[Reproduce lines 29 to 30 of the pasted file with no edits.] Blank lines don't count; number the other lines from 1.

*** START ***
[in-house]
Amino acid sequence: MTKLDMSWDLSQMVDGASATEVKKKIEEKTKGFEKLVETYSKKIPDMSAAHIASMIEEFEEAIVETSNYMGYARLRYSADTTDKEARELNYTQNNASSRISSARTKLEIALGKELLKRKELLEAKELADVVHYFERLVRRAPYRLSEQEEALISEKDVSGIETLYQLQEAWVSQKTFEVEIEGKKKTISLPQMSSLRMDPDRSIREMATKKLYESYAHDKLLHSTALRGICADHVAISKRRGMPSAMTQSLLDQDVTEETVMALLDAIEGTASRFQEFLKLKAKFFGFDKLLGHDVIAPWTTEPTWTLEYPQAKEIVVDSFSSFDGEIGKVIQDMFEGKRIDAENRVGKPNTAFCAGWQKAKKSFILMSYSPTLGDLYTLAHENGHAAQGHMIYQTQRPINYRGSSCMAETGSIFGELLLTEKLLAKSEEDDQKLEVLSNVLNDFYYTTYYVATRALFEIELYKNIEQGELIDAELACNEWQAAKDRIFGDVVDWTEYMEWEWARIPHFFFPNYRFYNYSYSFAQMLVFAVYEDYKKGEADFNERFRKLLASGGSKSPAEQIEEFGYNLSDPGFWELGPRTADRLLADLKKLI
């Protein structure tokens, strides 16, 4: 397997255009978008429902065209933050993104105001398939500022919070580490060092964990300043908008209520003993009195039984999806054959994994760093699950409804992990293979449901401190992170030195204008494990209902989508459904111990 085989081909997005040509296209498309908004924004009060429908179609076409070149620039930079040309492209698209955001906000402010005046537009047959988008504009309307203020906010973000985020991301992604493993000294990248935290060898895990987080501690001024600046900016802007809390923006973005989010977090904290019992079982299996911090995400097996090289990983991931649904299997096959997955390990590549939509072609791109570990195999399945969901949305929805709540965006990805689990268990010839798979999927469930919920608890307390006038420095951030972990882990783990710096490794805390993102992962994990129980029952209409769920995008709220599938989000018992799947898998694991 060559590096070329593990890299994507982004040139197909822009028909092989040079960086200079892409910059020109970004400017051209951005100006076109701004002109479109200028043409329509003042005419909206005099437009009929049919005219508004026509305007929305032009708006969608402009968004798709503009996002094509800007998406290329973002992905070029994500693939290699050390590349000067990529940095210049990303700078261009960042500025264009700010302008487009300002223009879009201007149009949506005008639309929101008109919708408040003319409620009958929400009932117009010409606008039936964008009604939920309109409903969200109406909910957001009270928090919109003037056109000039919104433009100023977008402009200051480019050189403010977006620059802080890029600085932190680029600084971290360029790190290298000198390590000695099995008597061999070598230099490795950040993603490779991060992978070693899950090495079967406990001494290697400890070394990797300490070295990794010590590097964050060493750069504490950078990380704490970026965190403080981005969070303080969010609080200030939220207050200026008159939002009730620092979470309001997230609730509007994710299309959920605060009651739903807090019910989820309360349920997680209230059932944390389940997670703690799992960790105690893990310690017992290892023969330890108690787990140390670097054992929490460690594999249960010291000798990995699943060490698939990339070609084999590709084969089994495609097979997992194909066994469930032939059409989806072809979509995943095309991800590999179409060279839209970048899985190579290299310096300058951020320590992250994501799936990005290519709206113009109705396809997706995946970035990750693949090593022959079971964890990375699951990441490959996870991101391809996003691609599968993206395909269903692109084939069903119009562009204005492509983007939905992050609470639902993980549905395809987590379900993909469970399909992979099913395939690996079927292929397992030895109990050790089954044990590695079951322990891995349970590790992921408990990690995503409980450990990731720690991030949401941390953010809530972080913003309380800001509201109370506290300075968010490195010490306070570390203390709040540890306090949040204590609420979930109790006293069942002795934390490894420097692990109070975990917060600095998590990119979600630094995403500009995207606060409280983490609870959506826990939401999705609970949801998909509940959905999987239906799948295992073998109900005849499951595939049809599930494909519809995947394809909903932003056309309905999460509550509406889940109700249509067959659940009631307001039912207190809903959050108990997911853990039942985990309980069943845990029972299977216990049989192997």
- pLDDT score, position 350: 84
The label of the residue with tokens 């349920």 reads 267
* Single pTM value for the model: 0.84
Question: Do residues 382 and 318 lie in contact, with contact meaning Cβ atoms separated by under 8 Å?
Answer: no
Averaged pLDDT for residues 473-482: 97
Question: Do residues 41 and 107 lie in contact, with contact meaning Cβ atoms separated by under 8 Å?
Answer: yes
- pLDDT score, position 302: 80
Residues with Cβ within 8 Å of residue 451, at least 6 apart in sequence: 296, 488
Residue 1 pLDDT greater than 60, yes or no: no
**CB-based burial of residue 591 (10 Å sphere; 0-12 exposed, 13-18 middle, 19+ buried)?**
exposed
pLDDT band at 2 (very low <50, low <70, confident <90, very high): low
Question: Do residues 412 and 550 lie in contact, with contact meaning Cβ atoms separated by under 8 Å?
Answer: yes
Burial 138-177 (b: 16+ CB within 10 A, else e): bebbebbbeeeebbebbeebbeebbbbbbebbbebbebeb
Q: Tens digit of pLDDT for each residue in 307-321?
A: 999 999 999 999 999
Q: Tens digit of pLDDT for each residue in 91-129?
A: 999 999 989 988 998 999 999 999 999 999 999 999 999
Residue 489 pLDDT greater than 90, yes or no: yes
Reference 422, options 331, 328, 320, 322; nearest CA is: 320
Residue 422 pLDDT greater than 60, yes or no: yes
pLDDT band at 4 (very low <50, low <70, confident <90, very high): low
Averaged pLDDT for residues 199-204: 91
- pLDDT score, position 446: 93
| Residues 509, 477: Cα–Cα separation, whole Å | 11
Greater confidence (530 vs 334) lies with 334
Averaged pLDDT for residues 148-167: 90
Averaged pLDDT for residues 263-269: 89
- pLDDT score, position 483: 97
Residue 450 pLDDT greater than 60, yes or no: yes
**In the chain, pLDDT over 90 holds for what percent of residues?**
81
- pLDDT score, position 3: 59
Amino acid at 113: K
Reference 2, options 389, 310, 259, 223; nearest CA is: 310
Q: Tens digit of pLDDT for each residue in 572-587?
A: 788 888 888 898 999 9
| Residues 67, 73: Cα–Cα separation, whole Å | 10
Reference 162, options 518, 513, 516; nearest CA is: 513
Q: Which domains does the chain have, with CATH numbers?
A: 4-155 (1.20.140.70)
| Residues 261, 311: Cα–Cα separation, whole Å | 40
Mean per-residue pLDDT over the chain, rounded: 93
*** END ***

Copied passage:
Averaged pLDDT for residues 199-204: 91
- pLDDT score, position 446: 93